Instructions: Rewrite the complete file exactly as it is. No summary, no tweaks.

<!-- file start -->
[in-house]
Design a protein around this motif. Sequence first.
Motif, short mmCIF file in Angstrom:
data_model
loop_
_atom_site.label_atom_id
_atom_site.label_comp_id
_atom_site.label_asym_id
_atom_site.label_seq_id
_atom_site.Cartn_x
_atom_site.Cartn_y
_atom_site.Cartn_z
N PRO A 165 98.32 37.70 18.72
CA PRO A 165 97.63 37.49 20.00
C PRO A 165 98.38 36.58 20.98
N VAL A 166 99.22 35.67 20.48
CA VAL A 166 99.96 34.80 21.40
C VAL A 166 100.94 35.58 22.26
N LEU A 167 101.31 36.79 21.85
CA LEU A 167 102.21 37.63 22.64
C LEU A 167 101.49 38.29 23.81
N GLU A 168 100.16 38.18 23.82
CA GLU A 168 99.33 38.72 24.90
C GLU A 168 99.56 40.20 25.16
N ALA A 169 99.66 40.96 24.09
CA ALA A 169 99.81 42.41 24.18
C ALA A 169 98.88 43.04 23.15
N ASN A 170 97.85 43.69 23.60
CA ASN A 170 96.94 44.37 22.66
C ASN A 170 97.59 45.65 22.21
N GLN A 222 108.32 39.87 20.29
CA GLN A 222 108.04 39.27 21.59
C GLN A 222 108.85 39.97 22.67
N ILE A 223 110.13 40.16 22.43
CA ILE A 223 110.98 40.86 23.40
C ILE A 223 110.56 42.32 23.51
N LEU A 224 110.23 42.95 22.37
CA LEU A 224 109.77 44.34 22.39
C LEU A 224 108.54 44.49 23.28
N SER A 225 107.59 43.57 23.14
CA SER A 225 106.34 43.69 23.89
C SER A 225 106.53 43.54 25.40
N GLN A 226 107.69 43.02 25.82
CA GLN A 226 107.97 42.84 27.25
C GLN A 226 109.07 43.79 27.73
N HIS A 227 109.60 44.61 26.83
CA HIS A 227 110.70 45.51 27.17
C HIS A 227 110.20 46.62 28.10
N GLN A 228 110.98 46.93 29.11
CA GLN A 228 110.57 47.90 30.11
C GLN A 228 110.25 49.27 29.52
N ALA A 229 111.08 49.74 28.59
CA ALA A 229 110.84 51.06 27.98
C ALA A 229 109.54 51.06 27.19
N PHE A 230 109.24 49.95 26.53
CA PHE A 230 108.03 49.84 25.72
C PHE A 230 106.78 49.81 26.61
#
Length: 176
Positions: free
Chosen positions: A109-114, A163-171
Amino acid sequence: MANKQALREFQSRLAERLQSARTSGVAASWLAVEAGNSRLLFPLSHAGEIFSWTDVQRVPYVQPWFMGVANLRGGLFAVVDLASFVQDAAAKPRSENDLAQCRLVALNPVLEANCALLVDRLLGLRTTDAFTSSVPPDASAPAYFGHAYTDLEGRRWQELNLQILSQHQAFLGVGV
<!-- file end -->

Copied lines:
[in-house]
Design a protein around this motif. Sequence first.
Motif, short mmCIF file in Angstrom:
data_model
loop_
_atom_site.label_atom_id
_atom_site.label_comp_id
_atom_site.label_asym_id
_atom_site.label_seq_id
_atom_site.Cartn_x
_atom_site.Cartn_y
_atom_site.Cartn_z
N PRO A 165 98.32 37.70 18.72
CA PRO A 165 97.63 37.49 20.00
C PRO A 165 98.38 36.58 20.98
N VAL A 166 99.22 35.67 20.48
CA VAL A 166 99.96 34.80 21.40
C VAL A 166 100.94 35.58 22.26
N LEU A 167 101.31 36.79 21.85
CA LEU A 167 102.21 37.63 22.64
C LEU A 167 101.49 38.29 23.81
N GLU A 168 100.16 38.18 23.82
CA GLU A 168 99.33 38.72 24.90
C GLU A 168 99.56 40.20 25.16
N ALA A 169 99.66 40.96 24.09
CA ALA A 169 99.81 42.41 24.18
C ALA A 169 98.88 43.04 23.15
N ASN A 170 97.85 43.69 23.60
CA ASN A 170 96.94 44.37 22.66
C ASN A 170 97.59 45.65 22.21
N GLN A 222 108.32 39.87 20.29
CA GLN A 222 108.04 39.27 21.59
C GLN A 222 108.85 39.97 22.67
N ILE A 223 110.13 40.16 22.43
CA ILE A 223 110.98 40.86 23.40
C ILE A 223 110.56 42.32 23.51
N LEU A 224 110.23 42.95 22.37
CA LEU A 224 109.77 44.34 22.39
C LEU A 224 108.54 44.49 23.28
N SER A 225 107.59 43.57 23.14
CA SER A 225 106.34 43.69 23.89
C SER A 225 106.53 43.54 25.40
N GLN A 226 107.69 43.02 25.82
CA GLN A 226 107.97 42.84 27.25
C GLN A 226 109.07 43.79 27.73
N HIS A 227 109.60 44.61 26.83
CA HIS A 227 110.70 45.51 27.17
C HIS A 227 110.20 46.62 28.10
N GLN A 228 110.98 46.93 29.11
CA GLN A 228 110.57 47.90 30.11
C GLN A 228 110.25 49.27 29.52
N ALA A 229 111.08 49.74 28.59
CA ALA A 229 110.84 51.06 27.98
C ALA A 229 109.54 51.06 27.19
N PHE A 230 109.24 49.95 26.53
CA PHE A 230 108.03 49.84 25.72
C PHE A 230 106.78 49.81 26.61
#
Length: 176
Positions: free
Chosen positions: A109-114, A163-171
Amino acid sequence: MANKQALREFQSRLAERLQSARTSGVAASWLAVEAGNSRLLFPLSHAGEIFSWTDVQRVPYVQPWFMGVANLRGGLFAVVDLASFVQDAAAKPRSENDLAQCRLVALNPVLEANCALLVDRLLGLRTTDAFTSSVPPDASAPAYFGHAYTDLEGRRWQELNLQILSQHQAFLGVGV